DIY Safety Kits
This is your everyday kit. Take care of it. Replace items, check expirations on RXs at least.
I can't tell you how many times I've used mine for splinters and cuts that could have ruined potentially fun trips!
- You'll need a makeup or pencil-sized bag you can fit in your purse or everyday carry bag.
A pencil case will often do the job. (Try to find small packs and mini size ointment and cream containers.)
- Misc-sized Bandaids
- Small role of adhesive tape
- Gauze pads
- Safety pins
- Alcohol pads
- Mini Multitool with scissors and pliers and both a flat head and phillips screwdriver
(Victronox or Leatherman-type tools are available everywhere, including Amazon)
- Aspirin and nonaspirin pain relievers (never give aspirin to children)
- Antibiotic ointment
- 1% Hydrocortizone Cream
- Petroleum Jelly (Vasaline)
- 2 non-lubricated condoms (also for water carry)
- Over-the-counter oral antihistamine, such as diphenhydramine (Benadryl, others for allergy emergencies)
- Anti-diarrhea medication
- Activated charcoal (use only if instructed by your poison control center 1-800-222-1222)
- Menstrual pads and tampons (which as it turns out work for heavily bleeding wounds as well as tinder
for making a fire!)
- Personal medications that don't need refrigeration
- Drugs to treat an allergic attack, such as an Albuterol inhaler or auto-injector of epinephrine
(EpiPen, Twinject, others - If prescribed by your doctor) - Syringe, medicine cup or spoon
- Emergency phone numbers, including contact information for your family doctor and pediatrician,
local emergency services, emergency road service providers and the regional poison control center (see above)
- Medical consent forms for each family member
- Medical history cards for each family member
- Simple First-aid instruction manual (also have a first aid app on your phone)
Extras (If you can fit a few extra things in your bag, here are some suggestions)
- I carry a flint and steel so I can always make a quick camp fire in a pinch. They work even if their wet.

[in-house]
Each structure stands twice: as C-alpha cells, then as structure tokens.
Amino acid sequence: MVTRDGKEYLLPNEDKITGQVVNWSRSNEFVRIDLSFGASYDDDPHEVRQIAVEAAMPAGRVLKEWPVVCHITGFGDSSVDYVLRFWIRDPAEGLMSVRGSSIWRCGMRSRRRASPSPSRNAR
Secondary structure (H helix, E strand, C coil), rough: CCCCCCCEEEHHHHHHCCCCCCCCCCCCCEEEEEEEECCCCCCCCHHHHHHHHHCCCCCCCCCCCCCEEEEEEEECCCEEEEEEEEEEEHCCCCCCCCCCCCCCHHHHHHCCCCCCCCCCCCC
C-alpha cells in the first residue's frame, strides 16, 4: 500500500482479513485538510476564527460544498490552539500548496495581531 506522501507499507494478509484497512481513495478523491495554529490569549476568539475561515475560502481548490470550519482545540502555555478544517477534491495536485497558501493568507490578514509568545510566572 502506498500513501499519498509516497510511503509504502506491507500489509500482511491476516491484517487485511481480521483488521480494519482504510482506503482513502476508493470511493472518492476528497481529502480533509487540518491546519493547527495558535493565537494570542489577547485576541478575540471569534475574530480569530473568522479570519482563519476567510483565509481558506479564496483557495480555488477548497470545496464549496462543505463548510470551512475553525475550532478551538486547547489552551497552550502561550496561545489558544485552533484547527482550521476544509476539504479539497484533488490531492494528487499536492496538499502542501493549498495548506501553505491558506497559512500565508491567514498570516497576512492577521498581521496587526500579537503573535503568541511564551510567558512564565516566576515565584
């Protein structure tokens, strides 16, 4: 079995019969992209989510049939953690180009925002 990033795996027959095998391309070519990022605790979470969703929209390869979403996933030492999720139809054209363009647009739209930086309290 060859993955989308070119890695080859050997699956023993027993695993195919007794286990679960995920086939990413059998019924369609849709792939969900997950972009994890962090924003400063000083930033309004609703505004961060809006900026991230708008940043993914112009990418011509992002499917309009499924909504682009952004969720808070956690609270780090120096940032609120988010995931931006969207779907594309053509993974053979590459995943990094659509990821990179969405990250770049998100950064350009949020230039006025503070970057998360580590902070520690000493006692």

Especially if you have cotton (or a tampon, fluffed up a little, and a pinch of vasaline. Get your tinder,
kinding and firewood ready before hand!
- Eye Wash and and Eye cup can be really helpful things to have.
- Mini Sewing Kit with 1 or 2 needles
- Small amount of fishing line and 1 or 2 hooks and sinkers
- Water-proof Matches
(This might be overkill for some people so modify as needed but don't leave out anything crucial.)
- You'll need a back pack, small suitcase or duffel bag.
(You can also break the bulk up into smaller kits, but group things logically and have a larger bag in case you have to carry some of it with you, say, on a long walk to the gas station.)
- Enough water, nuts and dried fruit for everyone in the family.
(What if you just get stuck in hours of traffic on a road with no food? Kids get grumpy when they're hungry! You also don't drive as carefully. What if you're radiator springs a leak?). You can include protein bars as well if you like, I find most of them to be full of transfats and nuts are often cheaper, but bars usually have a decent shelf-life as well and in an emergency they can be great. Remember, you want some fat, protein and carbohydrate in your emergency food. Fat is important since it is long-lasting energy and brain power, so don't pack diet food for an emergency!)
- An unbreakable, waterproof flashlight or two! Extra batteries.
(It's hard to do anything in the dark. Invest in a couple of good flashlights of different sizes. Tactical flashlights work as weapons as well. You can strike with the hard metal and the high capacity light will temporarily blind an assailant. You don't have to spend a fortune. Maglights work fine and they come in all different sizes. Surefire is reliable but expensive. There are lots of options out there.)
- An extra cellphone battery or solar charger of some sort
(find one that works, we're still doing the research! Let us know if you know something we don't!).
- Small blanket or reflective warmer
- Multi-tool with pliers, screwdriver, metal and/or wood saw, a good serrated knife.
- Change of warm and cool weather clothes for everyone in the family if you can fit them.
- All crucial tire changing tools and a good spare tire should already be in your car at all times
- Candles and matches
If you're going camping or on a long trip you will need to add more to this list:
- A durable, reliable hand-held compass can be of great importance
- water sanitation tablets
- Epi-pen for anyone allergic to bugs
- lighter and waterproof matches (make them by dipping regular matches in candle wax)
- Tent, Shelter or the knowledge of how to create one.
There are lots of variations on this theme, but the idea is that you have to leave in a hurry. It could be due to a hurricane, flood, fire, or the apocalypse du jour, but this is a bag to have on hand if you might be leaving for a few days or even more.
There's no point in reinventing the wheel. The link below does the trick well.
One caveat: less is more, but some things require redundancy. If this seems to be a contradiction it is... and isn't.... When it comes to water and fire, pack more than one way to get these things (as per the link). You don't have to pack everything in the Misc part of the list. You know your lifestyle, and your family. Necessity is the mother of invention. Don't over pack, an unwieldy pack will be a detriment.